It had been a very busy couple of weeks with work Christmas lunch, school winter concert, a couple of dinner parties with new friends, and a visit from the Santa Claus delegate from Cyprus at Piano Man’s school.
(Lebanese food at women’s group) (Indonesian food at friends’ house) (Christmas lunch at Prof’s work)
After all of the busy holiday parties, we had a relaxing Saturday (December 22nd). We parked and walked on Ledra Street to cross into the buffer zone. Prof had been at this same street a decade ago, and he said that it used to be all blocked off several stories high.
(If you look in the background, you can get a sense of what the buildings looked like back in the day.)
Once you cross over, the disparity and remaining ruined buildings from the invasion in 1974 are apparent. The streets are narrower, and the types of goods sold are all knock offs, such as Louis Vuitton and Burberry.
Prof mentioned that we could go into an old church (St. Sophia Cathedral) turned into mosque (Selimiye Mosque). Originally, the church was designed with a north and south orientation. But because Muslims pray toward Mecca, the interior of the space is orientated in an east and west direction.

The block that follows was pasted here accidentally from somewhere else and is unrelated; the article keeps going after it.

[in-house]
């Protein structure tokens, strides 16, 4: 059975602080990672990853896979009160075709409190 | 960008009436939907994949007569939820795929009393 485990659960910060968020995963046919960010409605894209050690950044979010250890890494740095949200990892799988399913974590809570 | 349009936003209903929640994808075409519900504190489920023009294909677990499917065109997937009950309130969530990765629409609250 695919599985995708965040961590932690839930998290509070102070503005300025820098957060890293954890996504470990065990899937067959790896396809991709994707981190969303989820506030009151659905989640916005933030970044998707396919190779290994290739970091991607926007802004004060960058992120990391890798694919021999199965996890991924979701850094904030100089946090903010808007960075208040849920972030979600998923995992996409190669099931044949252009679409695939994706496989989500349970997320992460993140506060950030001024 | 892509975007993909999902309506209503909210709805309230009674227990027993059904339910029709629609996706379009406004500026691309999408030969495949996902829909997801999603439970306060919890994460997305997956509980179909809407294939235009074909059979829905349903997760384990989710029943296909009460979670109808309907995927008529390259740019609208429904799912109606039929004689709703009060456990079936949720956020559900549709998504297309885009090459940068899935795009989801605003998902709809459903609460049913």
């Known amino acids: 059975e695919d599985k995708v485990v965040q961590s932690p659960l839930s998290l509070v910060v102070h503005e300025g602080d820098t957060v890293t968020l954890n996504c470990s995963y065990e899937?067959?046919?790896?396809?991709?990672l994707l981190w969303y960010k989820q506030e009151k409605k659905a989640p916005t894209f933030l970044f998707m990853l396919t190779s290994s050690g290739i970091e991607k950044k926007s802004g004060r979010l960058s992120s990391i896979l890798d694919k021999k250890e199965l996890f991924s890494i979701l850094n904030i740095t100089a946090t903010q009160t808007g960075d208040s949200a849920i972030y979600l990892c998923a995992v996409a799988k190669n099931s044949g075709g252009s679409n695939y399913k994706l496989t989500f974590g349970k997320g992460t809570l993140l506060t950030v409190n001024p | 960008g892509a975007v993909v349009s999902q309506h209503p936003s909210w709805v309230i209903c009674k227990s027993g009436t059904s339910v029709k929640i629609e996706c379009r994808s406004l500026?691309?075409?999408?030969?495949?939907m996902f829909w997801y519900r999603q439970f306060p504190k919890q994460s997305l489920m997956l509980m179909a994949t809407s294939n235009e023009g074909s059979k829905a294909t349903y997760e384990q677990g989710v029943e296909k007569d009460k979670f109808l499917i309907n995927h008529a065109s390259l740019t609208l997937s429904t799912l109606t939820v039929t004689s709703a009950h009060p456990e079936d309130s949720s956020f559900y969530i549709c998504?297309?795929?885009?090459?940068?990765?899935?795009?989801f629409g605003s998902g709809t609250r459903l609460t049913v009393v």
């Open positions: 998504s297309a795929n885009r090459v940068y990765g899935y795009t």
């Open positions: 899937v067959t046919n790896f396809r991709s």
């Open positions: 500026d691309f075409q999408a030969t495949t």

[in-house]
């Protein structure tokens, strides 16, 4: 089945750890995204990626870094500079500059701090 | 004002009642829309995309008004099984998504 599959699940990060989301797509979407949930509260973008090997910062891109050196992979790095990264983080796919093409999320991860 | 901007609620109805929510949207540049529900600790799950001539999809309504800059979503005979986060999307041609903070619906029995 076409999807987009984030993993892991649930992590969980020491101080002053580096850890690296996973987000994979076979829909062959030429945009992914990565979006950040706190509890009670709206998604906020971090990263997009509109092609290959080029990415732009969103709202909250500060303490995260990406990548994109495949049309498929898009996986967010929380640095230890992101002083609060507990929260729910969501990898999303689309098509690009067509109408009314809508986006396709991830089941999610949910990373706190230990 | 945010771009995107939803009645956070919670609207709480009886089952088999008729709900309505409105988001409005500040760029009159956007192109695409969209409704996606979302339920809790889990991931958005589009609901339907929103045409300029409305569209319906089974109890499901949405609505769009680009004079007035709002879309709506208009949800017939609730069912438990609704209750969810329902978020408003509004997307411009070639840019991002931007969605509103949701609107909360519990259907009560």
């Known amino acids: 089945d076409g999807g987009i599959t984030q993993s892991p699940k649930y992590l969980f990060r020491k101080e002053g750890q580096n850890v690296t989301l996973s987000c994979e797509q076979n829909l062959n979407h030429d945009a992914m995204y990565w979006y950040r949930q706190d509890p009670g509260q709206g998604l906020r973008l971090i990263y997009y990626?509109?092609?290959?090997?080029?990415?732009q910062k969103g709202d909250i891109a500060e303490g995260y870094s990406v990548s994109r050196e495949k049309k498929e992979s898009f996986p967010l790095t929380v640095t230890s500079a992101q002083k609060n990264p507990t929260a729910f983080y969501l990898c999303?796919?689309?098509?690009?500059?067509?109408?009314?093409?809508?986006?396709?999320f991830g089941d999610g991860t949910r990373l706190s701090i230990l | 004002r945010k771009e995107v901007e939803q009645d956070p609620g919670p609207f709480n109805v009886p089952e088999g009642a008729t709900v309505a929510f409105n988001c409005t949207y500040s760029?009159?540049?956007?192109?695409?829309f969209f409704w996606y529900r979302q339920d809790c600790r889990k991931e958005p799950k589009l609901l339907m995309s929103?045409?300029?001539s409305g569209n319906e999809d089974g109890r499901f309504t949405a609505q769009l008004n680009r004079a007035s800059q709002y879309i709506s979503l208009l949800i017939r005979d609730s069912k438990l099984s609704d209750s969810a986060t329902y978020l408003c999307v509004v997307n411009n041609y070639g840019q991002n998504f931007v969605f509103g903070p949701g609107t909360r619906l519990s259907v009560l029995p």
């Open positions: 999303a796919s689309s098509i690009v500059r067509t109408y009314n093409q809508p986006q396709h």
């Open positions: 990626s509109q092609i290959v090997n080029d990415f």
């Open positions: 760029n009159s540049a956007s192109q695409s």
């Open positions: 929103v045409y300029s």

You must take your shoes before you enter.
Then you can walk in the vast open space. The carpet design is even orientated toward Mecca. So right off the bat, your eyes are confused looking towards the other end of the mosque, but your body wants to lean toward the dikka (a free-standing platform) and carpet on the east side.
We walked to a nearby covered market and saw a store that makes fresh Turkish Delights. (Cross back through the buffer zone, and the Cypriots call it Cyprus Delights.) We picked up a mixed box of several sweets.
They had every flavor imaginable: strawberry, almond, pistachio, rose, mint, mango. The flavors seemed endless. Oh, and the texture reminded me of mochi or dduk used in Korean patbingsu (ice cream/ice-ee dessert with sweet red beans and fruit).
The kids enjoyed every single bite. It’s better than any fruit snack in the States. Hands down.